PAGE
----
Tibetan and Himalayan Library - THL

THL Title Text
by John Vincent Bellezza
Edited by Geoffrey Barstow, Mickey Stockwell and Michael White
Tibetan & Himalayan Library
Published under the THL Digital Text License.

II.1. Stelae and accompanying structures: Funerary and non-funerary structures

Drukmö Doring’Brug mo’i rdo ring

Basic site data

  • Site name: Drukmö Doring’Brug mo’i rdo ring
  • English equivalent: Long-stones of Drukmo’Brug mo
  • Site number: C-105
  • Site typology: II.1b
  • Elevation: 4710 m
  • Administrative location (township): BaryangBar yangs
  • Administrative location (county): Drongpa’Brong pa
  • Survey expedition: UTAE
  • Survey date: April 14, 2001
  • Contemporary usage: Light grazing.
  • Identifiable Buddhist constructions: None.
  • Maps: UTRS XI, HAS C5
  • View Place Dictionary Entry
  • View Sites Images

General site characteristics

Drukmö Doring’Brug mo’i rdo ring, named after the wife of the epic hero GesarGe sar, is situated on level, sandy terrain near the northwest side of an alpine basin. With its sparse grasses, the site sees only limited pastoral use. The enclosure has been nearly obliterated; only scant traces of the east wall are still visible. The east wall is located 9.5 m east of the row of pillars, signaling that this was a medium-sized example of the typology. From what little remains, it appears that the enclosure was heavily built. There are 16 unhewn pillars forming a modified U-shaped array.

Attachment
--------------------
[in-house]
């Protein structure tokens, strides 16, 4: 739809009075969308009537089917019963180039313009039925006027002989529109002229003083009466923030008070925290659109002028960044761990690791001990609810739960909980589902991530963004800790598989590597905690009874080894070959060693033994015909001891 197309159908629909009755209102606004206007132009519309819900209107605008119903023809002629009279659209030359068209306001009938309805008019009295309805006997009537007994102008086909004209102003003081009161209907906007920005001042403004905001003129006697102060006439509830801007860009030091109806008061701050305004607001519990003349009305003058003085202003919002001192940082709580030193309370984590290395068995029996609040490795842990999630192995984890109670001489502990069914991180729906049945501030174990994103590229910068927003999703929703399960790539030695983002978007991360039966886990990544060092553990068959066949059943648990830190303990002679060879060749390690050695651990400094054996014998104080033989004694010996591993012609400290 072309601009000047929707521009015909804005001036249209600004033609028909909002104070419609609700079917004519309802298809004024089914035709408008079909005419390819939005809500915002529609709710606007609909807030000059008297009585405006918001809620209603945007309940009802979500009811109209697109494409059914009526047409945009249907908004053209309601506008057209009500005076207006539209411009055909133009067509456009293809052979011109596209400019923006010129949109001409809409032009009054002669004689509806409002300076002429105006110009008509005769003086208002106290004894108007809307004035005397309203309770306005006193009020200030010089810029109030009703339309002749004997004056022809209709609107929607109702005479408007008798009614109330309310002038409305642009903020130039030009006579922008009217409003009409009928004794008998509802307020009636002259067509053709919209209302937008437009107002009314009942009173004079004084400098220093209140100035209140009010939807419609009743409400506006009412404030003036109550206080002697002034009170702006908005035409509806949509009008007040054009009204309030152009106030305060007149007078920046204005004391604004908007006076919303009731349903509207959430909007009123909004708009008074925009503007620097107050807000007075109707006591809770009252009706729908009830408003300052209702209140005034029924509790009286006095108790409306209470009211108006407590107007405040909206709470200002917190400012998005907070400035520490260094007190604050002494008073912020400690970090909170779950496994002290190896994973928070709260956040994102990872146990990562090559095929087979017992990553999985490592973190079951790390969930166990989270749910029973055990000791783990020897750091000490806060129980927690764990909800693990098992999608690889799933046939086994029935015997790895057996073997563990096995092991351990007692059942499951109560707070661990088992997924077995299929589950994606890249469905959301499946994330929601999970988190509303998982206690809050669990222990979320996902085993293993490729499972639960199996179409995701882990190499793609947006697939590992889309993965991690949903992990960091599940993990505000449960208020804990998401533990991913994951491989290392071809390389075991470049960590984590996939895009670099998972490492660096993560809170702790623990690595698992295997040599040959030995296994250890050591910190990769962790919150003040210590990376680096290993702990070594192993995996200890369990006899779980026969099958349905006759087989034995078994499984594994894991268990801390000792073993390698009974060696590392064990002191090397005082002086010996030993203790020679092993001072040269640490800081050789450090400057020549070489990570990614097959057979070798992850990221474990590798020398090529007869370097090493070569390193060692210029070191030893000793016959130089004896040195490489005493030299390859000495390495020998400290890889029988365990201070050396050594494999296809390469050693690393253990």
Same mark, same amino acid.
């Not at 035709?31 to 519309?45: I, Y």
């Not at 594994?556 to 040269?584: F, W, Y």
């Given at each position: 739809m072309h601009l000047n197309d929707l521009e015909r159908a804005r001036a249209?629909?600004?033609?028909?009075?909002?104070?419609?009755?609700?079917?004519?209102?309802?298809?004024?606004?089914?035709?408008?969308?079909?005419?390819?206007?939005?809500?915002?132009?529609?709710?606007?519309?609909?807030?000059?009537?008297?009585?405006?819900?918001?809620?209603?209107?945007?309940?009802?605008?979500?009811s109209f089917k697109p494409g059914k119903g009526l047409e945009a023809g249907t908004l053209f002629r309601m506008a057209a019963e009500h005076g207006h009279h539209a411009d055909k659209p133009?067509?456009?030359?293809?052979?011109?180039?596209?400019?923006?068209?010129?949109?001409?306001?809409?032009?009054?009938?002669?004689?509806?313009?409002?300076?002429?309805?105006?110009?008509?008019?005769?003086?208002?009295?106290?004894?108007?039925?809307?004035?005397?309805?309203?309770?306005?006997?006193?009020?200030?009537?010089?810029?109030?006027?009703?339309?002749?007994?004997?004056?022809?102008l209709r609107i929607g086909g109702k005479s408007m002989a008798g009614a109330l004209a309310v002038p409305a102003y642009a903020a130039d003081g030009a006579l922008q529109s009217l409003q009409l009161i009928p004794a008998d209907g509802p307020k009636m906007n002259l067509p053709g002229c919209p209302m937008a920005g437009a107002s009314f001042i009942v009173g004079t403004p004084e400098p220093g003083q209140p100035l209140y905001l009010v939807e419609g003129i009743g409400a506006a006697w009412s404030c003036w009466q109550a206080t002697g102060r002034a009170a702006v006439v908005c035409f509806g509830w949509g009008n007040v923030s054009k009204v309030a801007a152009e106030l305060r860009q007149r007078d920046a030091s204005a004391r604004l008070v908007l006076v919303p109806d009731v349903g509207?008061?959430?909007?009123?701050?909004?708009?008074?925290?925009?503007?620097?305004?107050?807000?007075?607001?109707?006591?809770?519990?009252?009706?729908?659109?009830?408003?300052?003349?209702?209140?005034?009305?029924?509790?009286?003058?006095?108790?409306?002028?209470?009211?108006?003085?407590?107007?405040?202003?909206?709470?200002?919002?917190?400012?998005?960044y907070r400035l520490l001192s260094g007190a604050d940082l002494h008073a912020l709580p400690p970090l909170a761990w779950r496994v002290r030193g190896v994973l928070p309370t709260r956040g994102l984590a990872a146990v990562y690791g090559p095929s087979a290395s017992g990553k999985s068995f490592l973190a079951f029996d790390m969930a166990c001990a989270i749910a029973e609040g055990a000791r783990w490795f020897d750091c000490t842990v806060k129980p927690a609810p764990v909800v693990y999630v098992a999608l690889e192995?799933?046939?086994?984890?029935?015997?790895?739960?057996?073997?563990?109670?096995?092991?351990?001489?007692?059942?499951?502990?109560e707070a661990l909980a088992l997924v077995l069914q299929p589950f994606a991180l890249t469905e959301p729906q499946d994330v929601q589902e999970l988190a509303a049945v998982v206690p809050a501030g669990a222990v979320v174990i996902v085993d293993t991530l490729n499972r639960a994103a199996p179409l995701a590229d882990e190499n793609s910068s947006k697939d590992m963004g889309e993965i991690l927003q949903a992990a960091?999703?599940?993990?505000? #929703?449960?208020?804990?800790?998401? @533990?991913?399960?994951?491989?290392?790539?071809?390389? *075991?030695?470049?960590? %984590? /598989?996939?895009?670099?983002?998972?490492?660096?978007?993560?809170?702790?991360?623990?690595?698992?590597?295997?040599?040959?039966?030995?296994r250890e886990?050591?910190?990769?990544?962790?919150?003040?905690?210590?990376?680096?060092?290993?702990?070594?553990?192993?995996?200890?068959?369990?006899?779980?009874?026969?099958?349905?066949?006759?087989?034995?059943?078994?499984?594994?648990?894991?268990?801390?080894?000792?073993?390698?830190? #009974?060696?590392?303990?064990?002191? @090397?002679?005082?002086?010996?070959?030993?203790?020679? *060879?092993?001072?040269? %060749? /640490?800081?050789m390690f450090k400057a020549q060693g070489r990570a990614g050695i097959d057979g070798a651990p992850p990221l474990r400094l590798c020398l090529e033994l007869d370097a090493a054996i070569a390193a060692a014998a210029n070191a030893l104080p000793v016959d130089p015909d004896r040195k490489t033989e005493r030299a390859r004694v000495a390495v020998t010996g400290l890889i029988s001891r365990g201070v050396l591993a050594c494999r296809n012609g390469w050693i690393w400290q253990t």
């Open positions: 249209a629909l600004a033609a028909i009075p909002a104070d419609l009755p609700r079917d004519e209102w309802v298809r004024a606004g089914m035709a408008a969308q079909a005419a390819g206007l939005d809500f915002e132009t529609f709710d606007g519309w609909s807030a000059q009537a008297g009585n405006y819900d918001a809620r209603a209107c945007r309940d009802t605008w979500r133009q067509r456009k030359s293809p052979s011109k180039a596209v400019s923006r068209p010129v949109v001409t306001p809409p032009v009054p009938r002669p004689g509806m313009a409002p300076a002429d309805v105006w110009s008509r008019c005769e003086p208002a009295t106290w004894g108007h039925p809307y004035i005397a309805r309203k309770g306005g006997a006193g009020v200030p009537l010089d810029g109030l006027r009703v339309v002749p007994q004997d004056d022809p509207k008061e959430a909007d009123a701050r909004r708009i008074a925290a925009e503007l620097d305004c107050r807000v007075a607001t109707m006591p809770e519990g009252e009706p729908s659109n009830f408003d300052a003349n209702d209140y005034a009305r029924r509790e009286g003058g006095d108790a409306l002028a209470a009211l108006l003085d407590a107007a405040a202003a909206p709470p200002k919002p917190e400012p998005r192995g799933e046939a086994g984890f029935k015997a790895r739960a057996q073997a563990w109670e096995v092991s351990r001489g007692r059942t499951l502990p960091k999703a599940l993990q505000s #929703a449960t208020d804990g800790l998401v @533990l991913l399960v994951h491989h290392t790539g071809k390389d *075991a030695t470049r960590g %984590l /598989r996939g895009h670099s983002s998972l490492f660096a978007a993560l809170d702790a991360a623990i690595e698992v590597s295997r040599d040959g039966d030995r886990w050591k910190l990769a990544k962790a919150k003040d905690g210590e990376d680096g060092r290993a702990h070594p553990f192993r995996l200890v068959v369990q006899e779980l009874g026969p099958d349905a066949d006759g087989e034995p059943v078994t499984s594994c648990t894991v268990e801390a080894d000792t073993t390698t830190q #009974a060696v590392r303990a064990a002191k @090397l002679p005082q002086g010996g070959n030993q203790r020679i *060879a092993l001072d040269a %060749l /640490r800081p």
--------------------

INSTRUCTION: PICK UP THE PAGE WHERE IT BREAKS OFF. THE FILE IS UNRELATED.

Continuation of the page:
Oral tradition

According to residents of Tara GönpaRta ra dgon pa, Drukmö Doring’Brug mo’i rdo ring is named for Drukmö Lugo’Brug mo’i lu mgo, a nearby spring, thought to have been magically created by the goddess DrölmaSgrol ma. This sacred spring is said to have appeared after Drukmo’Brug mo, the wife of GesarGe sar, prayed to DrölmaSgrol ma to bring water to the parched landscape. As a result of the spring, a marshy pasture several kilometers in length formed. As part of the boon granted by DrölmaSgrol ma, the locale is said to be hydrologically stable. Some drokpa’brog pa also refer to the site as a MönMon burial ground (möndurmon dur). One elderly drokpa’brog pa alleges that the stones of this site were erected by the SingpaSing pa (an invader group from the northwest Subcontinent) to honor their fallen heroes.

Site elements

Pillars

Most of the standing stones form a meandering north-south row near, what must have been, the west wall of the enclosure. The pillars are all tabular, around 10 cm thick and with some orange climax lichen growing on them. Eleven of them are more than 50 cm in height. In addition to the in situ specimens, there is a dislodged pillar 1 m in length at the site. The broad sides of most pillars face north and south, as is often the case in this typology. Two pillars planted near, what must have been, the north wall of the enclosure, however, have broad sides oriented east and west. The tallest pillar occupies the central part of the north-south oriented row. It is 1.2 m in height and has a basal girth of 1.7 m. Three other stelae reach 1 m in height and have basal girths of between 1.2 m and 1.4 m. Seven other pillars are between 50 cm and 80 cm in height and have basal girths of between 70 cm and 1.4 m. A number of the pillars have had their tops broken off.

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Note Citation for Page

John Vincent Bellezza, (Charlottesville, VA: Tibetan & Himalayan Library, 2010), .

Bibliographic Citation

John Vincent Bellezza. . Charlottesville, VA: Tibetan & Himalayan Library, 2010.